A person with a cross of ashes on their forehead is pictured in this file photo. (Ahna Ziegler/Unsplash/Creative Commons)
There are filters that blur "imperfections" in photos and filters that turn lawyers into cats on Zoom.
Now there are filters to help Christians safely display the very visible Ash Wednesday mark on social media.
Many Catholic and other liturgical churches observe Ash Wednesday by smudging ashes on congregants' foreheads as a sign of repentance and a reminder of one's mortality.
That practice presents a problem during a season when health experts fighting COVID-19 have advised people to avoid touching their faces or coming in close proximity to others, and churches have embraced a number of creative solutions, including take-home or drive-thru options for receiving ashes.
In a year when so much of life has been lived virtually, Catholic prayer and meditation app Hallow has also taken the tradition online with an "AshTag" photo filter on both Facebook and Instagram.
The "AshTag" filter overlays a black cross onto users' foreheads in photos, and Hallow is inviting people to post their selfies taken with the filter on Ash Wednesday (Feb. 17) using the hashtag "#AshTag2021."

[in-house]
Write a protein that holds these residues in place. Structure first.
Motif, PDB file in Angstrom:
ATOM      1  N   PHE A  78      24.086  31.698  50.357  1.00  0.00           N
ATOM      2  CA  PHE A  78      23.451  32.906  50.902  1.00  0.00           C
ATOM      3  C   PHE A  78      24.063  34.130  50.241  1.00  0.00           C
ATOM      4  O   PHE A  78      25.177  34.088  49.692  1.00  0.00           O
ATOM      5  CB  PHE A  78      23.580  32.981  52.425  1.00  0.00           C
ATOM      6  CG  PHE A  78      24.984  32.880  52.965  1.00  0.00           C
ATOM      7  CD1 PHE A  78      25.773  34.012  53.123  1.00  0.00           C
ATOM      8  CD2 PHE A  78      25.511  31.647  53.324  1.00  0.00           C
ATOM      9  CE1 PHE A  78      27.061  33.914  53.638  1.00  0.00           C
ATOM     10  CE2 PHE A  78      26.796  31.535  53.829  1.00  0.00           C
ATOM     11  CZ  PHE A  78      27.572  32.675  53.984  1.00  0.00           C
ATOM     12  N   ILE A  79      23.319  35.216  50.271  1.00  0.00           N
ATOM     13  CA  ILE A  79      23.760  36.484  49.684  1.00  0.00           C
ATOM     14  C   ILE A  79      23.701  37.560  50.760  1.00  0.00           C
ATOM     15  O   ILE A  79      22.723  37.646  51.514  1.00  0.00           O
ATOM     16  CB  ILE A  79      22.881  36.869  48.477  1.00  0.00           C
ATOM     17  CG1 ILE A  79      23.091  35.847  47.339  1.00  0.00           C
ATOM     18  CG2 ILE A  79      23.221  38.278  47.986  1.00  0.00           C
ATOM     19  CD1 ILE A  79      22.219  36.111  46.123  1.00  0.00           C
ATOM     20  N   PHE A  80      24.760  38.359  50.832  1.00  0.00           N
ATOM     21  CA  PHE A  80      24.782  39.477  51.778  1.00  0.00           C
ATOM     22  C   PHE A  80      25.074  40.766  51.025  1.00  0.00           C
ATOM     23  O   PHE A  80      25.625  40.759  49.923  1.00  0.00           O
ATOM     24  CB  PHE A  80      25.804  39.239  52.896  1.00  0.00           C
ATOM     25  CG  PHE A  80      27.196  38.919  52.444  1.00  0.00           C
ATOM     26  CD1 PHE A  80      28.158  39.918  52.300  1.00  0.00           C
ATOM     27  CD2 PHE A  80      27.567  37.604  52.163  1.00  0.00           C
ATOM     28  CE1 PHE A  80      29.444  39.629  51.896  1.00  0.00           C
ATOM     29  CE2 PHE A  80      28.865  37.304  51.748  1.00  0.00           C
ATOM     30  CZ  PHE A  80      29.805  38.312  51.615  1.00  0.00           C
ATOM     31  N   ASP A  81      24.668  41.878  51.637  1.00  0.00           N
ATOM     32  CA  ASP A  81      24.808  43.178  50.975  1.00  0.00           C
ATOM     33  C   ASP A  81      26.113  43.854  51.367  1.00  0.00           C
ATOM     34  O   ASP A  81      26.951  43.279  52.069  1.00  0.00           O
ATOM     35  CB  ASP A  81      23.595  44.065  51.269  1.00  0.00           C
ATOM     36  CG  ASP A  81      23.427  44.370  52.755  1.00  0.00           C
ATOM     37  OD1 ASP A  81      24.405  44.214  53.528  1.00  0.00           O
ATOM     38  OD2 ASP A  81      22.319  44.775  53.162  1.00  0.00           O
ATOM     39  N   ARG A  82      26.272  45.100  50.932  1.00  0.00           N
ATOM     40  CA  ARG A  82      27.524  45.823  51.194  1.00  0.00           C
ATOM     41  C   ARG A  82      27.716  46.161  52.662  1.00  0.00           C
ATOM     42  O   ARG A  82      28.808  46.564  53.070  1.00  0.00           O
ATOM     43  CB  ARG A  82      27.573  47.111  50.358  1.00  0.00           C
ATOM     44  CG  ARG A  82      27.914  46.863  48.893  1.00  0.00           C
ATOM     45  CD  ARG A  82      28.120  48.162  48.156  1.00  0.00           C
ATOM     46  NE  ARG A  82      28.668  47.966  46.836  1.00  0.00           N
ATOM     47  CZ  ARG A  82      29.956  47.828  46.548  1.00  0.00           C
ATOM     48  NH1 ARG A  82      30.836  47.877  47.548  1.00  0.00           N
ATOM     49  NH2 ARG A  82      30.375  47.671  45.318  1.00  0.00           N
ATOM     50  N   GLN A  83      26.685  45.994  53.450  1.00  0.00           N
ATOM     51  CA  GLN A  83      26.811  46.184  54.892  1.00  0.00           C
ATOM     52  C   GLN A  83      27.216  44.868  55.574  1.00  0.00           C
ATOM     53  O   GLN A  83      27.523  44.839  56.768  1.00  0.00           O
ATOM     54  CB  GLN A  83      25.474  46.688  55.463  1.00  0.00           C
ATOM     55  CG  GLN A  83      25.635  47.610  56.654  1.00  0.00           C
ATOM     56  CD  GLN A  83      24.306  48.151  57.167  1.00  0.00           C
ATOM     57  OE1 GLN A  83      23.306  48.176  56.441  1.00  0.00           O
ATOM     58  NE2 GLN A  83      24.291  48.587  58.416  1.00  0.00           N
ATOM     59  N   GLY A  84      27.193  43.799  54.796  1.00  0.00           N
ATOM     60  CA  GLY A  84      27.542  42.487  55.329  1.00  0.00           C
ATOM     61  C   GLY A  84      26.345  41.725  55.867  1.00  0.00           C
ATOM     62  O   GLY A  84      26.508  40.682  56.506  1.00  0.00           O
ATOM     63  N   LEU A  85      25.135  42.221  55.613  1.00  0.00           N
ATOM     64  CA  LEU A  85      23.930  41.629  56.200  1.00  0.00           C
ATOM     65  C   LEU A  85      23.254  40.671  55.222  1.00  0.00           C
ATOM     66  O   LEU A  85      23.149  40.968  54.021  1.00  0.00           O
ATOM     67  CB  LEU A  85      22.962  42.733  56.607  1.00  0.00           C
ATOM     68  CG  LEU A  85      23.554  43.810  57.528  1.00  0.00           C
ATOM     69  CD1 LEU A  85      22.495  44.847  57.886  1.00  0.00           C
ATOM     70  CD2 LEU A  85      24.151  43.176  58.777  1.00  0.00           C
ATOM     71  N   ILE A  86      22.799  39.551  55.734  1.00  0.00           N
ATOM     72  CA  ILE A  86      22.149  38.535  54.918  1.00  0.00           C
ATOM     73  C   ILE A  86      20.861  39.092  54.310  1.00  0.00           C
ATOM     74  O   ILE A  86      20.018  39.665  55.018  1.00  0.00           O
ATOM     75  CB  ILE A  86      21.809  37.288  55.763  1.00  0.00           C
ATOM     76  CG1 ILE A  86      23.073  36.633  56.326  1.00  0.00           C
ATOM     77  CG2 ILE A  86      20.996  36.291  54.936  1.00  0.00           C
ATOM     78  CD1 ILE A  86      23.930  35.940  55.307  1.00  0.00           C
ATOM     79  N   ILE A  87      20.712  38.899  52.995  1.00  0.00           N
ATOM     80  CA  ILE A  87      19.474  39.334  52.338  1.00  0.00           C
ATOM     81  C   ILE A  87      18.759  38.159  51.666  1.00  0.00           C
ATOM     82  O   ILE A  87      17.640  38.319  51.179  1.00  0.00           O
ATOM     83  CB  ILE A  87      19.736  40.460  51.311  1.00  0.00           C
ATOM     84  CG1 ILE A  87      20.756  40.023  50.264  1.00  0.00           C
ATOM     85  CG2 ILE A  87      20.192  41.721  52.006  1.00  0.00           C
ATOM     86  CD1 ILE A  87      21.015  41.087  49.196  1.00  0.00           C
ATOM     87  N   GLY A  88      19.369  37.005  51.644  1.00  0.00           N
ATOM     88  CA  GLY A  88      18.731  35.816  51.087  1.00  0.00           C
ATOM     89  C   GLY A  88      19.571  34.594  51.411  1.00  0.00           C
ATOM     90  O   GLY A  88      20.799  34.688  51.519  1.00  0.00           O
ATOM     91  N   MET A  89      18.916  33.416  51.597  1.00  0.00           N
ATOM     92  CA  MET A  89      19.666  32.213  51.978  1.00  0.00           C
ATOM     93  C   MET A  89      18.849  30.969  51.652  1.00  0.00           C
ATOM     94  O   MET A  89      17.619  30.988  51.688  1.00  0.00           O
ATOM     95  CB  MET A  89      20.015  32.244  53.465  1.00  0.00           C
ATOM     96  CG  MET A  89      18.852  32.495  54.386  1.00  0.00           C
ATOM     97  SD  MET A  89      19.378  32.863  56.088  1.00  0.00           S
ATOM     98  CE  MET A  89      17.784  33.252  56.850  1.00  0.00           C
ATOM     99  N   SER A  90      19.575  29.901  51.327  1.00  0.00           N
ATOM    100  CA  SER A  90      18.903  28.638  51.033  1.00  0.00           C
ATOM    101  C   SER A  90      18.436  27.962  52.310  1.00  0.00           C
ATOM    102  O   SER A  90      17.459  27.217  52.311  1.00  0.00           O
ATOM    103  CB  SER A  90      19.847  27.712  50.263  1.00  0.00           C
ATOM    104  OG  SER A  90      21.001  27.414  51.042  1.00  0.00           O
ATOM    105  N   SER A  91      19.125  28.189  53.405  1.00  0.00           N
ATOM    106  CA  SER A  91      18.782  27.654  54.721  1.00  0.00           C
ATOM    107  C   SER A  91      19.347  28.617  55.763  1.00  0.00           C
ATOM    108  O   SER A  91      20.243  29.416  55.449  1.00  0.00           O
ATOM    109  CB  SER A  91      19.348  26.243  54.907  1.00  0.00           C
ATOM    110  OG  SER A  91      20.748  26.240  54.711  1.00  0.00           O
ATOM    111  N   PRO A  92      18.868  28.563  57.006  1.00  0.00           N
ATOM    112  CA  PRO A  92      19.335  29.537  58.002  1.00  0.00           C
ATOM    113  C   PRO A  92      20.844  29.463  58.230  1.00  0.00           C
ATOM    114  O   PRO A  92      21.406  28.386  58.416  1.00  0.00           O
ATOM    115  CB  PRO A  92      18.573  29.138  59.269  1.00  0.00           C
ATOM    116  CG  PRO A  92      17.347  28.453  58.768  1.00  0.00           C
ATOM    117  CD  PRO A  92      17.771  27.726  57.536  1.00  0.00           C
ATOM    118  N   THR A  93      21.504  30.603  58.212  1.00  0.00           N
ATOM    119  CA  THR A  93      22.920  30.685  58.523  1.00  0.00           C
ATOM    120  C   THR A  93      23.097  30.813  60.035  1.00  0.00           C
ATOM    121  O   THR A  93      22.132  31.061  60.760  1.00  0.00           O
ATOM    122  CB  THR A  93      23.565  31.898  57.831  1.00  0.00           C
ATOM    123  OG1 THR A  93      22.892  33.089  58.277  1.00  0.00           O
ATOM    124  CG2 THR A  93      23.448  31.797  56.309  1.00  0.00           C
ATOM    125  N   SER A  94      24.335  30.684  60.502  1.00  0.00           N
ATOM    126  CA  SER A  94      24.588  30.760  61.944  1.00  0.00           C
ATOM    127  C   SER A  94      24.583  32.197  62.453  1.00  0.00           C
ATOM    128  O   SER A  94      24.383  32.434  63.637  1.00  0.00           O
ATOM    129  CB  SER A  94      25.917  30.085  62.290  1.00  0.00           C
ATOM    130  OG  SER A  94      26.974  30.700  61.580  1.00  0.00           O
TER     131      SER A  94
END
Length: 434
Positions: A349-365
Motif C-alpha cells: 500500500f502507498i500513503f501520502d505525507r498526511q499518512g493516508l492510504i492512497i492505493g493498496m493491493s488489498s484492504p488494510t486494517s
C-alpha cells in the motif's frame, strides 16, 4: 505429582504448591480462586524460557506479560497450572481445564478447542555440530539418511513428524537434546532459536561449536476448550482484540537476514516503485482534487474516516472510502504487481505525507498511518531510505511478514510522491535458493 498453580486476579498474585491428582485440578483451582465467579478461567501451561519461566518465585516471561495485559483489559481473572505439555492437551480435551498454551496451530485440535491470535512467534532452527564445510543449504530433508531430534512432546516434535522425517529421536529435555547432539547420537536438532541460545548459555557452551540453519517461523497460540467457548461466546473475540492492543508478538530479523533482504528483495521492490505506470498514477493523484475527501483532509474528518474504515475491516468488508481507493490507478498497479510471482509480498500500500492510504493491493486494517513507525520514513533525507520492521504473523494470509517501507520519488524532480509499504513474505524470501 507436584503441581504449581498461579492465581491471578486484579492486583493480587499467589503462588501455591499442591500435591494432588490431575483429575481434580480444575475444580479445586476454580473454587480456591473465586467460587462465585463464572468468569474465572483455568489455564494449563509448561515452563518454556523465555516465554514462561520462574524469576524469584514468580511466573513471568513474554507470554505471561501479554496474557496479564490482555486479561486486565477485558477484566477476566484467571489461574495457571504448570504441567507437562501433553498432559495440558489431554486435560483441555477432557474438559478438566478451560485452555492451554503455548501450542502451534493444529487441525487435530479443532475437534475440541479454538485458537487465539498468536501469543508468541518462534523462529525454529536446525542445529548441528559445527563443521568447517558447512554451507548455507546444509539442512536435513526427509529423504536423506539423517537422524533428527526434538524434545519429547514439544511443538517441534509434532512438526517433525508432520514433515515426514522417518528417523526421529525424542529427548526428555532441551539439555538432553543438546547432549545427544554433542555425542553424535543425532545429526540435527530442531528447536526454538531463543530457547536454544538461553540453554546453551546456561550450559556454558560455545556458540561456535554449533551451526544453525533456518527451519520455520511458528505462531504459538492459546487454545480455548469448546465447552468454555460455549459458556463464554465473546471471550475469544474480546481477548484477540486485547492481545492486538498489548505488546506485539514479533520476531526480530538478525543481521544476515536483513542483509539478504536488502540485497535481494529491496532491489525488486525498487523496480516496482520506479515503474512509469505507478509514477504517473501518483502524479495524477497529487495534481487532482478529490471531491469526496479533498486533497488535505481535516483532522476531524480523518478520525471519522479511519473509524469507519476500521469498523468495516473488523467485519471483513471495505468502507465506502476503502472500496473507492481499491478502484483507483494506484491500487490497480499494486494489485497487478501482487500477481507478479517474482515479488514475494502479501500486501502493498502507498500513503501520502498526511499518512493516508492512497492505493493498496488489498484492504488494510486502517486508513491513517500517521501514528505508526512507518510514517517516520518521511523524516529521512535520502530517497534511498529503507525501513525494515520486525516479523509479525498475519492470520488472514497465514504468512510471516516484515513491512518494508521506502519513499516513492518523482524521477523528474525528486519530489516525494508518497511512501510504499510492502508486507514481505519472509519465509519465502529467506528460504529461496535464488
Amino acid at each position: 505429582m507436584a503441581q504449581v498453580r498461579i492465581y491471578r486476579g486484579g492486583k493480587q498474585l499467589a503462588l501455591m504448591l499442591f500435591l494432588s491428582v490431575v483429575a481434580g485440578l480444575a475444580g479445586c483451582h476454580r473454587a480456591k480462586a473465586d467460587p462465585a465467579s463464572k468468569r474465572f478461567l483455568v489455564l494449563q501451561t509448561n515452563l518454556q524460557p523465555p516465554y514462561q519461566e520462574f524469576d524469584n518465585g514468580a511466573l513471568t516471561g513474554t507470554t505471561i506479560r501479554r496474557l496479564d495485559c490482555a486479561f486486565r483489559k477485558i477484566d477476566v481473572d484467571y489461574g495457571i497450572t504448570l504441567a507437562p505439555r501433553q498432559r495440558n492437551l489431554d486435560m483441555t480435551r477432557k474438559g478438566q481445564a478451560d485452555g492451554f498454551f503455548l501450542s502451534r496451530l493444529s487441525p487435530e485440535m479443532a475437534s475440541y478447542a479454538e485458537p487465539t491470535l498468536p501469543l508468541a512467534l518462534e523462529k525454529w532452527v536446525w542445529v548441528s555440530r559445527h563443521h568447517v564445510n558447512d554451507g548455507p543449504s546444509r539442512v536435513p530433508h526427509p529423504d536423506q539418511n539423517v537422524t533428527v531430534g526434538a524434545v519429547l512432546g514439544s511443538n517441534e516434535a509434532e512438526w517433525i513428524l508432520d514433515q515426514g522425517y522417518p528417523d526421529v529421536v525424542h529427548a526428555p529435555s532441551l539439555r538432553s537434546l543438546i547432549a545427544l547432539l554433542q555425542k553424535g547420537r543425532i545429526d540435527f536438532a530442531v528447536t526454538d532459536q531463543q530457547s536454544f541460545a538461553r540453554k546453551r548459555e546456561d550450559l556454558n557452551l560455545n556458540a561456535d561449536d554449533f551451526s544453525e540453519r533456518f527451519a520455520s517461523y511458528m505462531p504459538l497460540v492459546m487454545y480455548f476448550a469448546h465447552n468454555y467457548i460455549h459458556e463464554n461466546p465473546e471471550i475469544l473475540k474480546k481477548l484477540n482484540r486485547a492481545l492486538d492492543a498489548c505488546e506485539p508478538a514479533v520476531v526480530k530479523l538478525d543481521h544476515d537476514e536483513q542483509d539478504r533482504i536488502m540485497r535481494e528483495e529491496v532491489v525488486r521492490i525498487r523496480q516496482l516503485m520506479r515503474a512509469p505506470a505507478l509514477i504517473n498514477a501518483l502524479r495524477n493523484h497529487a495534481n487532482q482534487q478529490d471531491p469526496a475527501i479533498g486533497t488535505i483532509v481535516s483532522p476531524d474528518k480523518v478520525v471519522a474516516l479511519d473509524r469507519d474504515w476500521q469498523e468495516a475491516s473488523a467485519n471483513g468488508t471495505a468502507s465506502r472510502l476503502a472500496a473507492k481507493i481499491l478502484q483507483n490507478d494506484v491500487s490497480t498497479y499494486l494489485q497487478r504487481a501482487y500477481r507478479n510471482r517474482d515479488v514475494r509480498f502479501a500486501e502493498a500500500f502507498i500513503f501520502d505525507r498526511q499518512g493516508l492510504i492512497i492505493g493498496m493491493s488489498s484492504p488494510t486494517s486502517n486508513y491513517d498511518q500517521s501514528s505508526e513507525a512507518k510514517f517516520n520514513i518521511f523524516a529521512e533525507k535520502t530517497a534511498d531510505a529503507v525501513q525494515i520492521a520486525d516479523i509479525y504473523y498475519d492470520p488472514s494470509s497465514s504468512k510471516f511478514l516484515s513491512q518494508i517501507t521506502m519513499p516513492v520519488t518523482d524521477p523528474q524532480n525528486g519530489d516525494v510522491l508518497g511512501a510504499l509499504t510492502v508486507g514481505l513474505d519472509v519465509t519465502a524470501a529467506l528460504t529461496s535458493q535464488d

"What better place to embrace solidarity with the global Church than on social media," declares its website.
The Church of England also has created a similar "Ashes at Home" filter on Instagram.
Ash Wednesday is the beginning of the 40-day penitential season of Lent, during which Christians spiritually prepare for Holy Week, when they remember Jesus' death, and Easter, when they celebrate Jesus' resurrection. For Catholics, those preparations often include prayer, fasting and almsgiving.
In addition to the "AshTag" filter, Hallow also is offering a #Pray40 Lenten challenge on its app, encouraging users to spend time each day in prayer.